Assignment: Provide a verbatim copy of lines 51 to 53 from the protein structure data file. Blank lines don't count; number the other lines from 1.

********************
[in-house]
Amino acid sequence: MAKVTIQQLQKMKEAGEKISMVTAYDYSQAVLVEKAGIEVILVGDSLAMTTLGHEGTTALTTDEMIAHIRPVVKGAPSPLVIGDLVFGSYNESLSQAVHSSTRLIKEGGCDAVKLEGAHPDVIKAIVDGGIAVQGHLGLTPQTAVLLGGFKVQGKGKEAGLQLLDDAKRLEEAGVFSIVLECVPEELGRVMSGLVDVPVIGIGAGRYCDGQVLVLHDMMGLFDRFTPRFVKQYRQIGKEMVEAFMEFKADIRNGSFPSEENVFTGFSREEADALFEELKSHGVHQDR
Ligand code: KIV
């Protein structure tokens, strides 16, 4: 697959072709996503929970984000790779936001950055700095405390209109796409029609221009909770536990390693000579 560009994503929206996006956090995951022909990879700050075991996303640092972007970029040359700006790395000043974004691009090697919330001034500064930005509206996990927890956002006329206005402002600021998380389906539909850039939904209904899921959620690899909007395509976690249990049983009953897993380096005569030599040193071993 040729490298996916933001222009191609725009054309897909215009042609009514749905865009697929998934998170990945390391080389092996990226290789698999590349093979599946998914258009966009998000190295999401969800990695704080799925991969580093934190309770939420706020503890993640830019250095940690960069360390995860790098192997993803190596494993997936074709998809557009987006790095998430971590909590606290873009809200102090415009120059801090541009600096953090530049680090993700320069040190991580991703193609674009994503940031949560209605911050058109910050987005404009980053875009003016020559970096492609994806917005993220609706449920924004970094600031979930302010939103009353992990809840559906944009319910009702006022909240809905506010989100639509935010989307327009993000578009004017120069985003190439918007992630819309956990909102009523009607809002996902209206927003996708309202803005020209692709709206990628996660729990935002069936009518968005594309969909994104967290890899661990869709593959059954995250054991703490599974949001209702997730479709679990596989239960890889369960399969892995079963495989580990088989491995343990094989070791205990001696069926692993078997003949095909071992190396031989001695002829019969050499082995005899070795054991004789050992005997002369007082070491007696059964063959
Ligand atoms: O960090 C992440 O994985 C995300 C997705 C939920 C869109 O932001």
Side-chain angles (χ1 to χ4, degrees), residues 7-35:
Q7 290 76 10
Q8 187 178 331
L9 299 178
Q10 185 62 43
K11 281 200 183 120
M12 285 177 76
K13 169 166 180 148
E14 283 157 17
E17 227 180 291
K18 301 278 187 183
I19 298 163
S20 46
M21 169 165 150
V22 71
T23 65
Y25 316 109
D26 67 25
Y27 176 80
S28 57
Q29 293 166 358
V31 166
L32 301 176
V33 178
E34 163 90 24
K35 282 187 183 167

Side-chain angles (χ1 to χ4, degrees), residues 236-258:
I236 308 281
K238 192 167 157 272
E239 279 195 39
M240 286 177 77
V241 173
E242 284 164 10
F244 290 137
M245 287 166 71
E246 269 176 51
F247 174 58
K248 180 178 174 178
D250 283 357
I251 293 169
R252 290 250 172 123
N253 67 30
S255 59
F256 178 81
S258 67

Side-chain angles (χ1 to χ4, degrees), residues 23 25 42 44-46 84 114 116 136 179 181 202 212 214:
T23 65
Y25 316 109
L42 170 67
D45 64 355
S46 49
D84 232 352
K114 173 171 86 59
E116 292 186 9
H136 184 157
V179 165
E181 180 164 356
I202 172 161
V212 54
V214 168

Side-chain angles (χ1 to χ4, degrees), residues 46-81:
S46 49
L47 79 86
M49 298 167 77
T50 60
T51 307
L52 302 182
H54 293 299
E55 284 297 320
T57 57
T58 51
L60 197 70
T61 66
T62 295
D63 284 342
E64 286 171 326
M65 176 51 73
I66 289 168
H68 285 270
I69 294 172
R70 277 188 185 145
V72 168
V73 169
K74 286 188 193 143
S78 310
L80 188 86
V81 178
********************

Side-chain angles (χ1 to χ4, degrees), residues 23 25 42 44-46 84 114 116 136 179 181 202 212 214:
T23 65
Y25 316 109